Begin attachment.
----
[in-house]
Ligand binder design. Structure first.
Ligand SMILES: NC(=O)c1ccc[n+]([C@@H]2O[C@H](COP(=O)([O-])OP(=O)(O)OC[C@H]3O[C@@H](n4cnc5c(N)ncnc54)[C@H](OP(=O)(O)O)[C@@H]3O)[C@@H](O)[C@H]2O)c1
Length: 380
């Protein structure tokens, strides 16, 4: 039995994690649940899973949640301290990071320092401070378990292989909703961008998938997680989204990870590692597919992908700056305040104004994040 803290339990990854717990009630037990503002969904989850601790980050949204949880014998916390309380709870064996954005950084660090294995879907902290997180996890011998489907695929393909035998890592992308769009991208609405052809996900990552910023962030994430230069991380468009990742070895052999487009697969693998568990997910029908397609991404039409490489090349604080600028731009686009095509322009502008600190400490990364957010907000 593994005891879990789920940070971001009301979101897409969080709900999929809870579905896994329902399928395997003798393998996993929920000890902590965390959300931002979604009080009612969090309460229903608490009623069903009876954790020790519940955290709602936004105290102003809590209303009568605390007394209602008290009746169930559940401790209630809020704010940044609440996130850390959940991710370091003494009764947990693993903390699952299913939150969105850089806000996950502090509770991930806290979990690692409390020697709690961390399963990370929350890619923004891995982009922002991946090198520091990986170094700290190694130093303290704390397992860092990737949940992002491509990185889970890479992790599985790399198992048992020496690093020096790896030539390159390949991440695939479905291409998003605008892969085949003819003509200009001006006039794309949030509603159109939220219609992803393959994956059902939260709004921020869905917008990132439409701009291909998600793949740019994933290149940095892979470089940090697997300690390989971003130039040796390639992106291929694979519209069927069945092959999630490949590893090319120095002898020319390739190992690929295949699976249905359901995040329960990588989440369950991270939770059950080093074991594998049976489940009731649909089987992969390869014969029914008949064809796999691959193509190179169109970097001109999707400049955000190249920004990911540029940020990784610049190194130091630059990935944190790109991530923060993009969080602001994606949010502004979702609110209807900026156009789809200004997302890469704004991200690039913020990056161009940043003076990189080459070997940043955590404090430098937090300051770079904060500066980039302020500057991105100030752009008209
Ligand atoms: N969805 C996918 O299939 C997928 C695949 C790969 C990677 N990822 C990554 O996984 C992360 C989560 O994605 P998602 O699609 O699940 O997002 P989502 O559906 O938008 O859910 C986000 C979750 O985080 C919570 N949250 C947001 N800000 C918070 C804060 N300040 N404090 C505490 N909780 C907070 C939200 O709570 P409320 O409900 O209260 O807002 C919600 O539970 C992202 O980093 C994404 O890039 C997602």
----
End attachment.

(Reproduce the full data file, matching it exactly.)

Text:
[in-house]
Ligand binder design. Structure first.
Ligand SMILES: NC(=O)c1ccc[n+]([C@@H]2O[C@H](COP(=O)([O-])OP(=O)(O)OC[C@H]3O[C@@H](n4cnc5c(N)ncnc54)[C@H](OP(=O)(O)O)[C@@H]3O)[C@@H](O)[C@H]2O)c1
Length: 380
């Protein structure tokens, strides 16, 4: 039995994690649940899973949640301290990071320092401070378990292989909703961008998938997680989204990870590692597919992908700056305040104004994040 803290339990990854717990009630037990503002969904989850601790980050949204949880014998916390309380709870064996954005950084660090294995879907902290997180996890011998489907695929393909035998890592992308769009991208609405052809996900990552910023962030994430230069991380468009990742070895052999487009697969693998568990997910029908397609991404039409490489090349604080600028731009686009095509322009502008600190400490990364957010907000 593994005891879990789920940070971001009301979101897409969080709900999929809870579905896994329902399928395997003798393998996993929920000890902590965390959300931002979604009080009612969090309460229903608490009623069903009876954790020790519940955290709602936004105290102003809590209303009568605390007394209602008290009746169930559940401790209630809020704010940044609440996130850390959940991710370091003494009764947990693993903390699952299913939150969105850089806000996950502090509770991930806290979990690692409390020697709690961390399963990370929350890619923004891995982009922002991946090198520091990986170094700290190694130093303290704390397992860092990737949940992002491509990185889970890479992790599985790399198992048992020496690093020096790896030539390159390949991440695939479905291409998003605008892969085949003819003509200009001006006039794309949030509603159109939220219609992803393959994956059902939260709004921020869905917008990132439409701009291909998600793949740019994933290149940095892979470089940090697997300690390989971003130039040796390639992106291929694979519209069927069945092959999630490949590893090319120095002898020319390739190992690929295949699976249905359901995040329960990588989440369950991270939770059950080093074991594998049976489940009731649909089987992969390869014969029914008949064809796999691959193509190179169109970097001109999707400049955000190249920004990911540029940020990784610049190194130091630059990935944190790109991530923060993009969080602001994606949010502004979702609110209807900026156009789809200004997302890469704004991200690039913020990056161009940043003076990189080459070997940043955590404090430098937090300051770079904060500066980039302020500057991105100030752009008209
Ligand atoms: N969805 C996918 O299939 C997928 C695949 C790969 C990677 N990822 C990554 O996984 C992360 C989560 O994605 P998602 O699609 O699940 O997002 P989502 O559906 O938008 O859910 C986000 C979750 O985080 C919570 N949250 C947001 N800000 C918070 C804060 N300040 N404090 C505490 N909780 C907070 C939200 O709570 P409320 O409900 O209260 O807002 C919600 O539970 C992202 O980093 C994404 O890039 C997602």